Opening Reception was held on Thursday, October 30, 2014
From October 30th till November 26th
Featured work based on Jewish art, religion, culture and history.
RECEPTION SPONSORED BY SECTRA ADVISORS
Artists included: Suzanne Benton, Binnie Birstein, Camille Eskell, Roxanne Faber Savage, Leona Frank, Roe Halper, Lisa Hess Hesselgrave, Joan Jacobson-Zamore, Hope Lourie Kilcoyne, Hank Paper, Mark Schiff, Arlen Schumer, Larry Silver, Joan Shapiro, Donna Tukel, and Filmmakers: Fran Borres, Dan Makara, Lisa Seidenberg
SPECIAL GUEST MUSICIAN MARK NAFTALIN AT OPENING RECEPTION, 10/30/14
Artists’ Reception was held on Oct. 30, 2014, 5:30-8:30 pm, with Special Guest, Mark Naftalin, a Blues Pianist who provided a soulful keyboard background for noshing and schmoozing, followed by a mini-concert of blues and original compositions where he was joined by percussionist Barry Urich.
Related Discussion and Film Screenings during the Bridgeport Art Trail, Nov. 13-16, 2014.
www.bridgeport-art-trail.org A city-wide open studios event.
“JEWS & COMICS”, Friday, Nov. 14; 6:30 p.m., was preceded by light refreshments at 6:00 p.m. Exhibiting artist, illustrator, author and editor Arlen Schumer, presented a fascinating survey and slideshow of Jewish comic artists, illustrators and editors who have influenced American pop-culture of the 20th century to the present, creating many of our super-heroes including Superman and Captain America.
TWO FILM SCREENINGS AND A NOSH, Sunday, Nov. 16, 4 p.m.
Meet the filmmakers. Suggested donation: $5
4:30 p.m: ‘Ester Street’, documentary by Lisa Seidenberg
6 p.m. IRWIN by Dan Makara and Frank Borres,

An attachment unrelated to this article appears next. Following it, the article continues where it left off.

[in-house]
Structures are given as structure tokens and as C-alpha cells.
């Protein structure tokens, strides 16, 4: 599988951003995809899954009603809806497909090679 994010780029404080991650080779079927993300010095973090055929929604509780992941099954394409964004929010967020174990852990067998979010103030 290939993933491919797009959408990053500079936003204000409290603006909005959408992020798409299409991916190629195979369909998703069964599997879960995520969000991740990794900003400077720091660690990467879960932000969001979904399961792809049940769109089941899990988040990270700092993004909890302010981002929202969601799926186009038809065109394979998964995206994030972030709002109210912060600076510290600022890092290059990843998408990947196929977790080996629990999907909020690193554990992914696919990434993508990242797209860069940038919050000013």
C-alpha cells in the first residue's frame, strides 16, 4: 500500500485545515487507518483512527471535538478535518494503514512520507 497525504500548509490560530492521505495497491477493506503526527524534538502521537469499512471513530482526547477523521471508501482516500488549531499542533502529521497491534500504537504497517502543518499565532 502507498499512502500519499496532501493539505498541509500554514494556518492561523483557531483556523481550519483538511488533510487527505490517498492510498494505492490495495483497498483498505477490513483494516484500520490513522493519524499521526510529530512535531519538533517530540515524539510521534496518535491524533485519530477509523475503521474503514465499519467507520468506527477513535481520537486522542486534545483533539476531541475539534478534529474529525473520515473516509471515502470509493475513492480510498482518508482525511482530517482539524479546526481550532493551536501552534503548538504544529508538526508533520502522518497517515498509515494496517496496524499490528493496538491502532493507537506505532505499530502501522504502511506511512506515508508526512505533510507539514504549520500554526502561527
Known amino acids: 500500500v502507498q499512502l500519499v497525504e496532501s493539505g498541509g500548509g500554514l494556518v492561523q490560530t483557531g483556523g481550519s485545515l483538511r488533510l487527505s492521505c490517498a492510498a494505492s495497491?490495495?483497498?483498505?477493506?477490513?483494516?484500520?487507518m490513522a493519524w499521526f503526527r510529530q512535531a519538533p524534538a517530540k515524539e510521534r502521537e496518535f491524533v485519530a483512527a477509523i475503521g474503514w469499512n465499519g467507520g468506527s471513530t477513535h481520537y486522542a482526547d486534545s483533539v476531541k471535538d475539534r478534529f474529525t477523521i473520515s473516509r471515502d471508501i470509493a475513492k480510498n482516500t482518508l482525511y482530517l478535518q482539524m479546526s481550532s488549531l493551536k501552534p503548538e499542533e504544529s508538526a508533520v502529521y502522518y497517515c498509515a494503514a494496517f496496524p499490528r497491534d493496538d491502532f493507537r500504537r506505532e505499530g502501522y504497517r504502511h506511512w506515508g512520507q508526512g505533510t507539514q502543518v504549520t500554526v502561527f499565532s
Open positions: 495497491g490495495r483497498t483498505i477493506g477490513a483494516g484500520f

Irwin Hasen, comic artist and creator of DONDI, tells his life stories.
ABOUT THE ARTISTS:
Suzanne Benton, from the artist’s statement: Believing that the purpose of art is to explore humanity and that art comes alive as it relates to people’s lives, my art draws upon multicultural themes and engages participation. I consider my work as a bridge between cultures.
Native to New York City, Suzanne Benton has shared her many-faceted art for over 30 years in 29 countries. A trans-culturalist and feminist pioneer based in the States, her venues stretch from New York City to villages in remote parts of Africa, India, and Nepal, and to philosophy and education portals from Calcutta to Cambridge. A former Fulbright Scholar (India), and recipient of many grants, artist residencies and hostings by the cultural arm of US Embassies, she’s traveled worldwide since 1976, sharing her work in Bali, Bangladesh, Bosnia, Bulgaria, Canada, China, Denmark, Egypt, England, Germany, Greece, Holland, India, Ireland, Israel, Japan, Kenya, Korea, Morocco, Nepal, Nigeria, Pakistan, Spain, Switzerland, Tanzania, Tunisia, Turkey, and Yugoslavia. Beyond exhibiting widely, she has had 150 solo shows and representation in museum and private collections worldwide.
Harriet G. Caldwell, drawing instructor at the Hartford School of Art, Artist Statement: The conceptual basis of my work explores the complexities and vulnerabilities of the human mind. I am particularly interested in the way the brain processes and stores information, and how experience is translated and memory recalled. The work is informed by my research of inflicting effects upon memory and motor function relevant to the aging adult.
Artist Statement with Reference to this Project:
The Holocaust project was a nine-year involvement that began with genealogical research and an investigation into Jewish history. My earlier work dealt with the contradictions and similarities of the Jewish Middle Ages and the Nazi Period of Authority. I was awarded a resident fellowship that allowed me to further explore this history. This led me to the experiences of children in the Holocaust and their struggle for survival. I began to focus only on these children and how they coped under the most adverse conditions. I received a fellowship from the Connecticut Commission on the Arts and The Puffin Foundation to continue this project creating a number of mixed media two-dimensional and three-dimensional pieces. The work from this project was shown in Connecticut, New York, North Carolina, Michigan, New Jersey and Florida.
SPECIAL GUEST PERFORMANCE BY MARK NAFTALIN AT
OPENING RECEPTION, OCTOBER 30, 2014
“…A brilliant pianist who puts a touch of genius in his blues…” –Joel Selvin, San Francisco Chronicle